The dispatch sounds worse than it is, using buzzwords like nausea and nitroglycerin. Our patient’s elderly wife meets us at the door, and she looks the worse of the two. She’s pale, shaking, and unsteady on her feet. She points me to her husband, and my partner takes her to the kitchen to calm her down and get the story.
He’s been up all night not feeling well. He says he didn’t want to bother her, and I can see why. She seems to think he’s dying, right here, right now. He needs to go to the hospital, but he will come home again soon.
Suddenly a neighbor appears over my shoulder in the bedroom. Unsurprised, my patient gives him his marching orders. “Watch out for my wife, would you please?” He heads off to the kitchen, and soon my partner returns.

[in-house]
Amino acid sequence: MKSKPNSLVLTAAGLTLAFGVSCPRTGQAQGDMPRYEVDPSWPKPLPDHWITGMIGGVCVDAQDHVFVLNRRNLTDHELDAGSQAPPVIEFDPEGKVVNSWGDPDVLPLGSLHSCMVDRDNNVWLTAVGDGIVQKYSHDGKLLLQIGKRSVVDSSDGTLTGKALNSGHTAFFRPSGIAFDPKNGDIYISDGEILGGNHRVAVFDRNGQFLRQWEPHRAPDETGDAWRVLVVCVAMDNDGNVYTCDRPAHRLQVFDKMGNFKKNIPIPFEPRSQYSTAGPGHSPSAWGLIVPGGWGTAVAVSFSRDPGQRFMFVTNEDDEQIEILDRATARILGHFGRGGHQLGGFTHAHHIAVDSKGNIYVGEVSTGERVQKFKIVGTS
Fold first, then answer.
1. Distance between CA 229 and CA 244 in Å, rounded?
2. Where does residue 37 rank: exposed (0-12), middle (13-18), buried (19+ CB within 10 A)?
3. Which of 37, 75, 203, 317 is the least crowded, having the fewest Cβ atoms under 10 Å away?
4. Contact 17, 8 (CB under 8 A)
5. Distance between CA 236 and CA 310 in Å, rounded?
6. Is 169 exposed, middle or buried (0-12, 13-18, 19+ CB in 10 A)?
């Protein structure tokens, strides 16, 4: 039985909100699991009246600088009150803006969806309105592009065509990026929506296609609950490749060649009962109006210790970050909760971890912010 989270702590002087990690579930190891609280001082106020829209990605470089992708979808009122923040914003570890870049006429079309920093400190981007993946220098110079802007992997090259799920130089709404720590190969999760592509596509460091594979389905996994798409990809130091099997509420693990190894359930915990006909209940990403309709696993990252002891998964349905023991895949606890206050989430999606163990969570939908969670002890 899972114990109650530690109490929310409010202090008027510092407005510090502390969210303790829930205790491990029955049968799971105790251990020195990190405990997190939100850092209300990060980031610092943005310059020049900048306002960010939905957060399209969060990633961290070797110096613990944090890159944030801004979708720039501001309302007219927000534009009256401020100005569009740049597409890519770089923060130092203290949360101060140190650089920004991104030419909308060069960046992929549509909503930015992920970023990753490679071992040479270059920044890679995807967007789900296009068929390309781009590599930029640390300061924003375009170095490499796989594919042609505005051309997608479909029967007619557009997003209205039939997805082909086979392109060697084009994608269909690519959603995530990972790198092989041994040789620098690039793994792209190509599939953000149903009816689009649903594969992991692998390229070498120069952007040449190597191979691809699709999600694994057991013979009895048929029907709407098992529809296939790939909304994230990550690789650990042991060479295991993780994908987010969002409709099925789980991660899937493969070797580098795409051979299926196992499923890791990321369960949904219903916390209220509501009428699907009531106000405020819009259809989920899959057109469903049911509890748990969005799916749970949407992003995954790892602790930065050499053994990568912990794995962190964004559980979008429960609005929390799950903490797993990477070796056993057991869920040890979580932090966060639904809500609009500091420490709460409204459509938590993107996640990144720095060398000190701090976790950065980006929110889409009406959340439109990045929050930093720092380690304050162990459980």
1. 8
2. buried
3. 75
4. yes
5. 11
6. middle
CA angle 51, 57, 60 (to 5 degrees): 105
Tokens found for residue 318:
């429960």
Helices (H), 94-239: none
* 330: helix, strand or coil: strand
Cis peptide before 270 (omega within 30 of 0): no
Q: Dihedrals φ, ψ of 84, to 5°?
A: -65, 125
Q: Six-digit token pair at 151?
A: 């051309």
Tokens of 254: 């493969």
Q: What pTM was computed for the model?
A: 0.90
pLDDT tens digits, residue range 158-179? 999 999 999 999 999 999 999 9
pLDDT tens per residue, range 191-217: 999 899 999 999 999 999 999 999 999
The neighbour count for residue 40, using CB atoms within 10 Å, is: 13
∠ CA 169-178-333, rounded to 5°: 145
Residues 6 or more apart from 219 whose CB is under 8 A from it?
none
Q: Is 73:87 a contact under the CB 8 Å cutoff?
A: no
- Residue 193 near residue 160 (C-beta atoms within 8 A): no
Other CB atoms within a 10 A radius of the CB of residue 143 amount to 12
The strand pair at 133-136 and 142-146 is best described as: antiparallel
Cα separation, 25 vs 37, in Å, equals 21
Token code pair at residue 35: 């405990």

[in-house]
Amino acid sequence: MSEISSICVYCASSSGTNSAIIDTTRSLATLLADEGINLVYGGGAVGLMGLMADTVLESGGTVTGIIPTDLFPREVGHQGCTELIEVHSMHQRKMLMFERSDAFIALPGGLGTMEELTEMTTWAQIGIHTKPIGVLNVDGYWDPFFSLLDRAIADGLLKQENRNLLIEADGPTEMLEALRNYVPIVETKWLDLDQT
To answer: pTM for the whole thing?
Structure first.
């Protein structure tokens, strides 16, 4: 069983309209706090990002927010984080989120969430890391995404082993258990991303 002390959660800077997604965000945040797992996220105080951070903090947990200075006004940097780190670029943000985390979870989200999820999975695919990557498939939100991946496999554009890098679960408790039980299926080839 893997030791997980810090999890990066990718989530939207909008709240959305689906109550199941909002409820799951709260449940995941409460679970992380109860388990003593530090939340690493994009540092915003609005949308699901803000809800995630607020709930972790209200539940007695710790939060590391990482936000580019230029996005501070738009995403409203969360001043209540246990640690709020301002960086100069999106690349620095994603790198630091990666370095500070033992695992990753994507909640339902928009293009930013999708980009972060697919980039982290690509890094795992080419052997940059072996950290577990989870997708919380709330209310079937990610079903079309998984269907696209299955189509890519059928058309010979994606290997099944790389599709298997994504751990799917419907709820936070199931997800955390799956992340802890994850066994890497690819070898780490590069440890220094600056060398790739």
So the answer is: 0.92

We bundle our patient outside to the ambulance and settle him for the short ride to Local Suburban Hospital. He explains the neighbor: “My son and I used to help him with renovations. Now he mows our lawn, shovels the driveway, and watches out for us. I just can’t do it all anymore.”
As we pull away, he stares out the back windows. “I’ve lived in that house since I was six years old. Guess it may be finally time to move.”